I was surprised to read that, during Wright's visit to Wat Pa Ban Tat monastery in Thailand described on pages 93-4, a Thai monk would call Wright a 'bodhisattva.' Thai monks belong to the Theravada tradition that uses the term `bodhisattva' to refer only to the past lives of the Buddha, such as those recounted in the Jataka tales. This is a major distinciton between the Theravada and Mahayana traditions. In the Tibetan Mahahyana tradition, however, that Wright is familiar with, both monastics and lay practitioners are referred to as `bodhisattvas' once they have taken vows to deliver all beings.
Another instance that surprised me occurs on page 209. Wright throws out, "Next stop Uganda, to white-water raft the Zambezi River, in hair-raising class five rapids." The Zambezi certainly doesn't flow anywhere near Uganda. It rises in Zambia about 690 miles southwest of Uganda, and flows south through Angola and Zambia to the border with Zimbabwe, and then east to Mozambique and finally to the Indian Ocean.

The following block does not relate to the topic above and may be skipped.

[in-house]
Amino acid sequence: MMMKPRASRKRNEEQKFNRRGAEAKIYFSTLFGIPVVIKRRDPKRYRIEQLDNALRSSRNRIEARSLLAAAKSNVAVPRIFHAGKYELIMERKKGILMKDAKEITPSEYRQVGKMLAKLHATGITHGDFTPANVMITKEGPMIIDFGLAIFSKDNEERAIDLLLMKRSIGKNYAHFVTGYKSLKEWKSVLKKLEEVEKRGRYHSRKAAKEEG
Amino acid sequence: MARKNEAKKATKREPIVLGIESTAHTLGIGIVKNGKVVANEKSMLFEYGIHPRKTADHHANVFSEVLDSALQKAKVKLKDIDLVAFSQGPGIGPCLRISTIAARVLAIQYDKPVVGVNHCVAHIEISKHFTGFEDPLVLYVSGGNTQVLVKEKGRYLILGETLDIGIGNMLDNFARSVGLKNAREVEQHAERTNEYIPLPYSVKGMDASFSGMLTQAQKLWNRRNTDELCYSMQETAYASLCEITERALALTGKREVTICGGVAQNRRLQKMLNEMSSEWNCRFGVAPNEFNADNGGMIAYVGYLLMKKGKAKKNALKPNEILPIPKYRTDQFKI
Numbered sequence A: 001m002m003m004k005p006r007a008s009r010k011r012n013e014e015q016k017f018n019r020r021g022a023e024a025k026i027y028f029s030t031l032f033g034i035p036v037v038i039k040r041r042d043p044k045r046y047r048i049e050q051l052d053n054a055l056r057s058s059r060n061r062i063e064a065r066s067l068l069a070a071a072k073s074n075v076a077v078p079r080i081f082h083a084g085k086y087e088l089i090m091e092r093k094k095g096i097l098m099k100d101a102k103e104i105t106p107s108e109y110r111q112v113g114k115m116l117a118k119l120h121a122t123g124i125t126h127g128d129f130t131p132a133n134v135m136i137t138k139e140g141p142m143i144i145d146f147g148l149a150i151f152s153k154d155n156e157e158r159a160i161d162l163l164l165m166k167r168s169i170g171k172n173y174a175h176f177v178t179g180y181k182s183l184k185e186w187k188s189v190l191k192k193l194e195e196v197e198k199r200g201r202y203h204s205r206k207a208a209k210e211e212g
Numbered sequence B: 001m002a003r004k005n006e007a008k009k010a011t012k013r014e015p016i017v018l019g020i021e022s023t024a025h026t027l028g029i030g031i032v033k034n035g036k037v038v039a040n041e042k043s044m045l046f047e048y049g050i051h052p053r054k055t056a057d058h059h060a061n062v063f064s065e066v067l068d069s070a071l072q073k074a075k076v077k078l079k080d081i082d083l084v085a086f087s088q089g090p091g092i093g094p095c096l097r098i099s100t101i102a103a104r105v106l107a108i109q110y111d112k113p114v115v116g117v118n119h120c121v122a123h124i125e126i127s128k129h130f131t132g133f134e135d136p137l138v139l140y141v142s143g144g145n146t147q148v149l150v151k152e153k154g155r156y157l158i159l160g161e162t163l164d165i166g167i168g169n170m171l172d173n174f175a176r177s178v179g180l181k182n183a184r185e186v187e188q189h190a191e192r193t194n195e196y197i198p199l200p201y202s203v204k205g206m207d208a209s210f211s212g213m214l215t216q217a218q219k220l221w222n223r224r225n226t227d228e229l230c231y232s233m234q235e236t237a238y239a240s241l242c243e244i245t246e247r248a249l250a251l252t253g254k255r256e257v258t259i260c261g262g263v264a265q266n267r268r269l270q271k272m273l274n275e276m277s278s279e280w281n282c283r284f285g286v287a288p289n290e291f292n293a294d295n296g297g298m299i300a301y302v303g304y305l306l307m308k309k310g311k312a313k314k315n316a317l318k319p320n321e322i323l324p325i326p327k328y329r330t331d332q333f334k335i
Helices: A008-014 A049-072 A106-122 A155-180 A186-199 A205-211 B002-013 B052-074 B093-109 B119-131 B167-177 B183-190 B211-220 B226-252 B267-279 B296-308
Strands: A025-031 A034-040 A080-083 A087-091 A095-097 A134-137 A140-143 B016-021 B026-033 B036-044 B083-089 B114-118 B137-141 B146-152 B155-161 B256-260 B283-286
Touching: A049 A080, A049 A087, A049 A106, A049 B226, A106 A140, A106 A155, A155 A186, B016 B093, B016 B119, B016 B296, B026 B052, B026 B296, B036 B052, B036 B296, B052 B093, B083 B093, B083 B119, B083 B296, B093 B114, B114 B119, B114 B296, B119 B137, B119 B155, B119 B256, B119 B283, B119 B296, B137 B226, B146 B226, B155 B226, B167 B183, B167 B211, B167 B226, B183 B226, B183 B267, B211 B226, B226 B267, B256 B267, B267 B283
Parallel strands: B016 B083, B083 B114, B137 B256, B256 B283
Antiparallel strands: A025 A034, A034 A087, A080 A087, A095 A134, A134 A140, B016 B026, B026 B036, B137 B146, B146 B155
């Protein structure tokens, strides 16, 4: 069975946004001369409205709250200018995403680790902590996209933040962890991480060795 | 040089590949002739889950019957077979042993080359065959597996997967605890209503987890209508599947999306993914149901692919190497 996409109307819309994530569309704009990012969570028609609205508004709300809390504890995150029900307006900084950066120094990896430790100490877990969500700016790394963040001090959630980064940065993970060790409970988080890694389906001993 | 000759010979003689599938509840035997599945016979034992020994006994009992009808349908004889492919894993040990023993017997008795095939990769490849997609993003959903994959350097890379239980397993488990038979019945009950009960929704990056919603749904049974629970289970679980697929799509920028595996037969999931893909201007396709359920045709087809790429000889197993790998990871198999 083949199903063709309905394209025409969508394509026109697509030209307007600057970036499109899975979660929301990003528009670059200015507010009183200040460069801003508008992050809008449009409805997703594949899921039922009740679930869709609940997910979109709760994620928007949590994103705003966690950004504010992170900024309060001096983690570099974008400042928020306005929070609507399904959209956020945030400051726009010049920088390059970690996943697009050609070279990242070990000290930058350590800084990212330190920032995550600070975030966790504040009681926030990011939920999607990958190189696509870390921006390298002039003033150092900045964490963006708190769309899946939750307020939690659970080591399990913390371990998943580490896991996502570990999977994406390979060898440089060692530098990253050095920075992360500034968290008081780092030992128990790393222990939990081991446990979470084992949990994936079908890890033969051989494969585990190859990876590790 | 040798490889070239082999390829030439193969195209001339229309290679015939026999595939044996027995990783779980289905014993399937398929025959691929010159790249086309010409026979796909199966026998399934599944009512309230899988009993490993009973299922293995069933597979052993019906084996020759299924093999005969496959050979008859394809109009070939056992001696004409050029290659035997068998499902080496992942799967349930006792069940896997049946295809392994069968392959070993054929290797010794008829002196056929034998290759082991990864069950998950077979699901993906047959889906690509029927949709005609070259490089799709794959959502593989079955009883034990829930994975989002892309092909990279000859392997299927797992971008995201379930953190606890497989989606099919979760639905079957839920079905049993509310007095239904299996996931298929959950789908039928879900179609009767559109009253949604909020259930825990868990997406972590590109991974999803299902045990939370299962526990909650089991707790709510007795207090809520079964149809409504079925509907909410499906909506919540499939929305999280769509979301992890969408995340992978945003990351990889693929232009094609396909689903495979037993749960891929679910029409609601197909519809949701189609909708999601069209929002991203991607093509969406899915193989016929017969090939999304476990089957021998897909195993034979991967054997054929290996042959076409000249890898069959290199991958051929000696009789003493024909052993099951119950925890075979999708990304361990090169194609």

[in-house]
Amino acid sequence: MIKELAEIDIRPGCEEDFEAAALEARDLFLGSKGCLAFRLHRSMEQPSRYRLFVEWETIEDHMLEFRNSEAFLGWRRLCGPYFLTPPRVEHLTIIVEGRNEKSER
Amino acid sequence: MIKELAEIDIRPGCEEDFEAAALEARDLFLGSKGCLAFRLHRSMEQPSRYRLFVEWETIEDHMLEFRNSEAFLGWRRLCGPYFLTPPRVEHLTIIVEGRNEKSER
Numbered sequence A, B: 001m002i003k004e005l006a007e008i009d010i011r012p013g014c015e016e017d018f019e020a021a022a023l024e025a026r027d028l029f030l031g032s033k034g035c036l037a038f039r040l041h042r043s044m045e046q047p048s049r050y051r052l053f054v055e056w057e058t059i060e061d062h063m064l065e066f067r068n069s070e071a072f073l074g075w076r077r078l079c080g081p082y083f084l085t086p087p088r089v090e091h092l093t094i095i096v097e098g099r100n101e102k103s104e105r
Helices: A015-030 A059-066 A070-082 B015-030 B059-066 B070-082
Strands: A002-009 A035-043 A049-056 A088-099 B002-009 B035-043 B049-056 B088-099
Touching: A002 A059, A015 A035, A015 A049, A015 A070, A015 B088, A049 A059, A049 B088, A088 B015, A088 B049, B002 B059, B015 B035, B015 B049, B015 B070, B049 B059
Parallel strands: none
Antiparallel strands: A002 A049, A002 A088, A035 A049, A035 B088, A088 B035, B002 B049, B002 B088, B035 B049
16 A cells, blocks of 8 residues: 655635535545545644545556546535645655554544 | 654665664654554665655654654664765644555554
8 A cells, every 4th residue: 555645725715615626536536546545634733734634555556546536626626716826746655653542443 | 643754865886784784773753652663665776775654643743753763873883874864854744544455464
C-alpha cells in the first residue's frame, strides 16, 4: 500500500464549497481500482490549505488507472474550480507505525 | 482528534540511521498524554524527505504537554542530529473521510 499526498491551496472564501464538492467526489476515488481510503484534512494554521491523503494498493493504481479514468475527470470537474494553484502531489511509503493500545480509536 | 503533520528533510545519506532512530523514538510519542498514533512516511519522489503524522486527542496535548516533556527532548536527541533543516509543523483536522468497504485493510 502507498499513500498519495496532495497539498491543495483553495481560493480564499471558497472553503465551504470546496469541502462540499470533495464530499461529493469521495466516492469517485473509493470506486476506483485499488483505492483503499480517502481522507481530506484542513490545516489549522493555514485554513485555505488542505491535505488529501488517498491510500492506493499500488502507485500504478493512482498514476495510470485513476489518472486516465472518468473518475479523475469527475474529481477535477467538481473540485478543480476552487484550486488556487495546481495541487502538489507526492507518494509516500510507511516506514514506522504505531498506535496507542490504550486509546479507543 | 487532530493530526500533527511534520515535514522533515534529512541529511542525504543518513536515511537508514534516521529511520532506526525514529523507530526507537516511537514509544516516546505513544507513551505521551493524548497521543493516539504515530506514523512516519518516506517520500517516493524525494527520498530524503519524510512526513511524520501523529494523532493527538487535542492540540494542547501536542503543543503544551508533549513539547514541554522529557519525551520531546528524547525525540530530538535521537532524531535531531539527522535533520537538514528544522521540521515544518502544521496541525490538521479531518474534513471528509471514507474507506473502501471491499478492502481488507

Wright is a gifted photgrapher dedicated to humanitarian issues. Her story of determination and courage deserved better editing in general. It is often presented in a style that seemed like a rush from here to there in the pursuit of physical recovery. I wished for more of her insights and development as a Buddhist practitioner, especially on her development of lovingkindness on the path of a bodhisattva.
12 of 14 people found the following review helpful
2.0 out of 5 stars Could have been so much better! 15 Aug 2009
By Carol J. Horky - Published on Amazon.com
This inspiring memoir could have been so much better if the author or her editor knew how to spell, knew the difference between too and two; knew the difference between whose and who's, the difference between better and best, etc. Strange also was her description -- in the third-to-last page of the book -- of finally learning about the death of Alan Guy. And then five pages later, in her Acknowledgments, writing: (Alan, please call me. I still owe you a beer.) Sloppy stories, incorrect geography, incomplete references. Her story of physical survival deserves better.
2 of 2 people found the following review helpful